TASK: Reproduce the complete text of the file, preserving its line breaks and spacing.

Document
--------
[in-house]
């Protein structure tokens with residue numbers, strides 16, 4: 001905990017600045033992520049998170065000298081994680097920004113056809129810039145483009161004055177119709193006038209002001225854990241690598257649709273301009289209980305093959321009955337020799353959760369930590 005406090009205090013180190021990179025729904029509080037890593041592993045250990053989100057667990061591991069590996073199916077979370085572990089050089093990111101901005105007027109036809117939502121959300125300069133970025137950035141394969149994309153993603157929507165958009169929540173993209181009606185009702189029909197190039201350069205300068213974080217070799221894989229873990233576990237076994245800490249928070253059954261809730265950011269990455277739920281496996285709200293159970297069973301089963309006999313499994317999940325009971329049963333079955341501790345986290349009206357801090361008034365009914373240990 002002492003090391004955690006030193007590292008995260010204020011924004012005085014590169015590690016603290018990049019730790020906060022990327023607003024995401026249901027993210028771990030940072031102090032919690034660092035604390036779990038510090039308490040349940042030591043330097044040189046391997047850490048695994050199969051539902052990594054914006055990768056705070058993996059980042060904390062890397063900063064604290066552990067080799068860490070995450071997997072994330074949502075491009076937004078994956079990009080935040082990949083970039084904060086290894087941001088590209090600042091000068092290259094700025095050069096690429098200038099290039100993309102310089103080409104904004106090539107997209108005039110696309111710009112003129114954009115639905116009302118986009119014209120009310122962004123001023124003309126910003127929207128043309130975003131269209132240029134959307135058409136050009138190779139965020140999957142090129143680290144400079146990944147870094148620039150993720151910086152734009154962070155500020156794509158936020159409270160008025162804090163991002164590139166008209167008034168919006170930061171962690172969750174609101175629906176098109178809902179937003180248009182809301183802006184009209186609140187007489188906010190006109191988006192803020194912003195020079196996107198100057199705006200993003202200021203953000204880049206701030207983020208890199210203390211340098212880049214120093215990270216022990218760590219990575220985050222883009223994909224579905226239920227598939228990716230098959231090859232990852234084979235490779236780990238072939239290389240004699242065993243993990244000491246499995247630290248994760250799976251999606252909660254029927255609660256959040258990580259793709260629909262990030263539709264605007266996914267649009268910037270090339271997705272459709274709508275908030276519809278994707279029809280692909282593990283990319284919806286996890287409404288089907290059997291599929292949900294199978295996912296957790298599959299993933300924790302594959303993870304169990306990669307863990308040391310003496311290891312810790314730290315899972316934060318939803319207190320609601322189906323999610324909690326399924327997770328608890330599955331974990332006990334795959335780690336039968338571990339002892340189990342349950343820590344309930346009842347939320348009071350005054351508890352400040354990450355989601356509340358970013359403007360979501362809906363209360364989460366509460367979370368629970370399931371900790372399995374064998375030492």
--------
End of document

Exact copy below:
[in-house]
């Protein structure tokens with residue numbers, strides 16, 4: 001905990017600045033992520049998170065000298081994680097920004113056809129810039145483009161004055177119709193006038209002001225854990241690598257649709273301009289209980305093959321009955337020799353959760369930590 005406090009205090013180190021990179025729904029509080037890593041592993045250990053989100057667990061591991069590996073199916077979370085572990089050089093990111101901005105007027109036809117939502121959300125300069133970025137950035141394969149994309153993603157929507165958009169929540173993209181009606185009702189029909197190039201350069205300068213974080217070799221894989229873990233576990237076994245800490249928070253059954261809730265950011269990455277739920281496996285709200293159970297069973301089963309006999313499994317999940325009971329049963333079955341501790345986290349009206357801090361008034365009914373240990 002002492003090391004955690006030193007590292008995260010204020011924004012005085014590169015590690016603290018990049019730790020906060022990327023607003024995401026249901027993210028771990030940072031102090032919690034660092035604390036779990038510090039308490040349940042030591043330097044040189046391997047850490048695994050199969051539902052990594054914006055990768056705070058993996059980042060904390062890397063900063064604290066552990067080799068860490070995450071997997072994330074949502075491009076937004078994956079990009080935040082990949083970039084904060086290894087941001088590209090600042091000068092290259094700025095050069096690429098200038099290039100993309102310089103080409104904004106090539107997209108005039110696309111710009112003129114954009115639905116009302118986009119014209120009310122962004123001023124003309126910003127929207128043309130975003131269209132240029134959307135058409136050009138190779139965020140999957142090129143680290144400079146990944147870094148620039150993720151910086152734009154962070155500020156794509158936020159409270160008025162804090163991002164590139166008209167008034168919006170930061171962690172969750174609101175629906176098109178809902179937003180248009182809301183802006184009209186609140187007489188906010190006109191988006192803020194912003195020079196996107198100057199705006200993003202200021203953000204880049206701030207983020208890199210203390211340098212880049214120093215990270216022990218760590219990575220985050222883009223994909224579905226239920227598939228990716230098959231090859232990852234084979235490779236780990238072939239290389240004699242065993243993990244000491246499995247630290248994760250799976251999606252909660254029927255609660256959040258990580259793709260629909262990030263539709264605007266996914267649009268910037270090339271997705272459709274709508275908030276519809278994707279029809280692909282593990283990319284919806286996890287409404288089907290059997291599929292949900294199978295996912296957790298599959299993933300924790302594959303993870304169990306990669307863990308040391310003496311290891312810790314730290315899972316934060318939803319207190320609601322189906323999610324909690326399924327997770328608890330599955331974990332006990334795959335780690336039968338571990339002892340189990342349950343820590344309930346009842347939320348009071350005054351508890352400040354990450355989601356509340358970013359403007360979501362809906363209360364989460366509460367979370368629970370399931371900790372399995374064998375030492």